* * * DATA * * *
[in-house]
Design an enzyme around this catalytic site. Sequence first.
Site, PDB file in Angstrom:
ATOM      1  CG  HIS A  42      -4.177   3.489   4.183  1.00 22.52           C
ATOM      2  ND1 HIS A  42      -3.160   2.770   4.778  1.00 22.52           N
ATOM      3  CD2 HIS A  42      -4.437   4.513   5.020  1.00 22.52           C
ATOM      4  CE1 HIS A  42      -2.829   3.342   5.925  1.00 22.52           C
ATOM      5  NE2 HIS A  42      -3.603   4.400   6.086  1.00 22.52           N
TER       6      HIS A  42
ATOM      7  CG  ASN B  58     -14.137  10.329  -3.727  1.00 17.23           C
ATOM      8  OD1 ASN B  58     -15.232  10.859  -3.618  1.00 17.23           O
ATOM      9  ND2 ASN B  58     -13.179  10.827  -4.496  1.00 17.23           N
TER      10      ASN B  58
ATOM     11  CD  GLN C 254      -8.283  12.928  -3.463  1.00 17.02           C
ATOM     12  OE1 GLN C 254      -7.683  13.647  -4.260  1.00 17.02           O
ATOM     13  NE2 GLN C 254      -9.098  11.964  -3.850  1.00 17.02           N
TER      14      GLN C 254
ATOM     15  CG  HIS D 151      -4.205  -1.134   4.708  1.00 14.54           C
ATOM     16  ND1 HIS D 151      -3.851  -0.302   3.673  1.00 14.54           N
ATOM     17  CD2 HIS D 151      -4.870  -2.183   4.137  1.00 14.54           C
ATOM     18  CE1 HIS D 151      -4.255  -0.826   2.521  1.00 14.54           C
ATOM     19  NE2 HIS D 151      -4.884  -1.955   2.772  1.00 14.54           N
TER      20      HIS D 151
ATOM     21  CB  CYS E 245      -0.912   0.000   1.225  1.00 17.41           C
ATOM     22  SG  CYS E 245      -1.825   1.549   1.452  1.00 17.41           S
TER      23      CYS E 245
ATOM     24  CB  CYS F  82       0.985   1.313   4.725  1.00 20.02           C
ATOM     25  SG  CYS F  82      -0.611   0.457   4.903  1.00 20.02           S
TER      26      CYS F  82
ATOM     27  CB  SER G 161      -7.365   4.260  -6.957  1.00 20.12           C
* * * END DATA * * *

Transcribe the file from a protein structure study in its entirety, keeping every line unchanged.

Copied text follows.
[in-house]
Design an enzyme around this catalytic site. Sequence first.
Site, PDB file in Angstrom:
ATOM      1  CG  HIS A  42      -4.177   3.489   4.183  1.00 22.52           C
ATOM      2  ND1 HIS A  42      -3.160   2.770   4.778  1.00 22.52           N
ATOM      3  CD2 HIS A  42      -4.437   4.513   5.020  1.00 22.52           C
ATOM      4  CE1 HIS A  42      -2.829   3.342   5.925  1.00 22.52           C
ATOM      5  NE2 HIS A  42      -3.603   4.400   6.086  1.00 22.52           N
TER       6      HIS A  42
ATOM      7  CG  ASN B  58     -14.137  10.329  -3.727  1.00 17.23           C
ATOM      8  OD1 ASN B  58     -15.232  10.859  -3.618  1.00 17.23           O
ATOM      9  ND2 ASN B  58     -13.179  10.827  -4.496  1.00 17.23           N
TER      10      ASN B  58
ATOM     11  CD  GLN C 254      -8.283  12.928  -3.463  1.00 17.02           C
ATOM     12  OE1 GLN C 254      -7.683  13.647  -4.260  1.00 17.02           O
ATOM     13  NE2 GLN C 254      -9.098  11.964  -3.850  1.00 17.02           N
TER      14      GLN C 254
ATOM     15  CG  HIS D 151      -4.205  -1.134   4.708  1.00 14.54           C
ATOM     16  ND1 HIS D 151      -3.851  -0.302   3.673  1.00 14.54           N
ATOM     17  CD2 HIS D 151      -4.870  -2.183   4.137  1.00 14.54           C
ATOM     18  CE1 HIS D 151      -4.255  -0.826   2.521  1.00 14.54           C
ATOM     19  NE2 HIS D 151      -4.884  -1.955   2.772  1.00 14.54           N
TER      20      HIS D 151
ATOM     21  CB  CYS E 245      -0.912   0.000   1.225  1.00 17.41           C
ATOM     22  SG  CYS E 245      -1.825   1.549   1.452  1.00 17.41           S
TER      23      CYS E 245
ATOM     24  CB  CYS F  82       0.985   1.313   4.725  1.00 20.02           C
ATOM     25  SG  CYS F  82      -0.611   0.457   4.903  1.00 20.02           S
TER      26      CYS F  82
ATOM     27  CB  SER G 161      -7.365   4.260  -6.957  1.00 20.12           C